U.S. Senator John Barrasso has applauded the U.S. Department of the Interior’s final rule defining “habitat” under the Endangered Species Act, saying the Trump Administration’s habitat rule will make the ESA work better for wildlife and people.
The Wyoming senator, who’s chairman of the Senate Committee on Government and Public Works, said the final rule will more clearly define habitat and protect species in a more focused way.
The final rule states, in part, that for the purpose of designating critical habitat only, “habitat” is “the abiotic and biotic setting that currently or periodically contains the resources and conditions necessary to support one or more life processes of a species.”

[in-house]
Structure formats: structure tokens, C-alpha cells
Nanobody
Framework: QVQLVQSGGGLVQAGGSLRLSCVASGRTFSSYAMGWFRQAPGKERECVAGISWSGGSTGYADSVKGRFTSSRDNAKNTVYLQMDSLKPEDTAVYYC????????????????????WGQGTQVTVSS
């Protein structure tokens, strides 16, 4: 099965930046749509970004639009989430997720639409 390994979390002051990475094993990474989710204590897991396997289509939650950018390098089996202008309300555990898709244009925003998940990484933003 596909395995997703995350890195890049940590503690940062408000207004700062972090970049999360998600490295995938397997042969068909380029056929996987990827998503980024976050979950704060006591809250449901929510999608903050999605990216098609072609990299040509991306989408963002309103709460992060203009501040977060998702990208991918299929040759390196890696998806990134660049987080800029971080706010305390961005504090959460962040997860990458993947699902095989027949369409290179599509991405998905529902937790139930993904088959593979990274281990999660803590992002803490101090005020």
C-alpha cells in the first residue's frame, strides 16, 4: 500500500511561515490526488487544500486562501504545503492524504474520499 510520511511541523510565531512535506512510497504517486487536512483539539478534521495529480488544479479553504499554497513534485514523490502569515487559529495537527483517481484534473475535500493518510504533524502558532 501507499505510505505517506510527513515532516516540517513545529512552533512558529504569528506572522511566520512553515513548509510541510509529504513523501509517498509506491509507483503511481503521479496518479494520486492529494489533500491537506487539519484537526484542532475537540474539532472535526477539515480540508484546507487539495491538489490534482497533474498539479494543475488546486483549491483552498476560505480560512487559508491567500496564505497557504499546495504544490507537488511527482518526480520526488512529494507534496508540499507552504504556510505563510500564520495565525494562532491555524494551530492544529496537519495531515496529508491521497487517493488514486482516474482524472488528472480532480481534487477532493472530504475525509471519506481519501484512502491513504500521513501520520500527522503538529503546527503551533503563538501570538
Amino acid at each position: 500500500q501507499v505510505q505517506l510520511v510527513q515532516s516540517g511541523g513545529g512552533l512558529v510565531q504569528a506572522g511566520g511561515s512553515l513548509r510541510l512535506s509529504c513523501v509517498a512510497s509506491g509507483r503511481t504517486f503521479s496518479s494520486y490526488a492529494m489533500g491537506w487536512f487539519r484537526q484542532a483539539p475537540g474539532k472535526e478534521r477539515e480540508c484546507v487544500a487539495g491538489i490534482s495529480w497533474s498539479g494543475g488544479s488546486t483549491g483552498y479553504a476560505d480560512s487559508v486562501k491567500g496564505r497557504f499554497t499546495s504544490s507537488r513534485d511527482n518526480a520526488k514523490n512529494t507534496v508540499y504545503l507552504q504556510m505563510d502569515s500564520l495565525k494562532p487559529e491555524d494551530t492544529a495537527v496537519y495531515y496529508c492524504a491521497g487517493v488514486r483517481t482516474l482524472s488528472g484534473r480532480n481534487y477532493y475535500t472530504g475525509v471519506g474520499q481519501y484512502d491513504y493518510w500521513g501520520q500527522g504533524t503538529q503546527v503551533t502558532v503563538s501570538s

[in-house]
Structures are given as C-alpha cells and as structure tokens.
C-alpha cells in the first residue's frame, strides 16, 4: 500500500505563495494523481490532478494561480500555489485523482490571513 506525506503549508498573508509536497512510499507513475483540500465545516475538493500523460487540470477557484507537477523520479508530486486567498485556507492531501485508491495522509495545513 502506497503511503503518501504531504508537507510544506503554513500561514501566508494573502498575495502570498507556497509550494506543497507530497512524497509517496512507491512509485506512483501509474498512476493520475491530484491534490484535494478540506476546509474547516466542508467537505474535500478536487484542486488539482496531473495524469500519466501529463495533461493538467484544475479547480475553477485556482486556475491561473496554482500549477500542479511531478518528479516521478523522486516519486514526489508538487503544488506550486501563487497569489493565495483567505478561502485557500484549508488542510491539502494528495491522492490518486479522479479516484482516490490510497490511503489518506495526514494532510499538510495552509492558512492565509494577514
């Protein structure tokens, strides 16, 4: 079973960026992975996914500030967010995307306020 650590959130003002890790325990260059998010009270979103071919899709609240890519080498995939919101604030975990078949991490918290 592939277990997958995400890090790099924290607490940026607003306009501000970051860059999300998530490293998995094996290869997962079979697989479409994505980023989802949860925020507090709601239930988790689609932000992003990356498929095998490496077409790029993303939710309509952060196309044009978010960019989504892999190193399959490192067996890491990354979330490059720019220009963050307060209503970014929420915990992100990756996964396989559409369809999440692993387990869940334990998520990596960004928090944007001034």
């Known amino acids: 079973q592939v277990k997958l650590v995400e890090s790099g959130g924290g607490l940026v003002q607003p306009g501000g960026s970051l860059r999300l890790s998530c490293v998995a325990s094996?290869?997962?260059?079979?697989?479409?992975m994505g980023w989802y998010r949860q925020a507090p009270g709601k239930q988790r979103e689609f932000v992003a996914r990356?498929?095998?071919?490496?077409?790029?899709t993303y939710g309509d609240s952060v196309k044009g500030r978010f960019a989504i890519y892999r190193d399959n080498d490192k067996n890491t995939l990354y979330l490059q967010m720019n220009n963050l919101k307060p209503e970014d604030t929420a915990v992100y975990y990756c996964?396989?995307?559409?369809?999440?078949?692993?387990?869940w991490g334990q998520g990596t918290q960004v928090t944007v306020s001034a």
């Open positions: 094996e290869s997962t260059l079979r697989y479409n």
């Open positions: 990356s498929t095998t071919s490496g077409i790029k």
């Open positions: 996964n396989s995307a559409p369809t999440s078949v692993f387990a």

Barrasso said the final rule will deliver commonsense protections for endangered species and the habitat they depend on. The final rule builds on a previously finalized rule, effective on Sept. 26, 2019, that limited critical habitat to unoccupied areas with physical or biological features essential to the conservation of the species.
That rule prevented the U.S. Fish and Wildlife Services and National Marine Fisheries Service from designating unoccupied habitat as “critical” unless the occupied habitat was inadequate to conserve the species.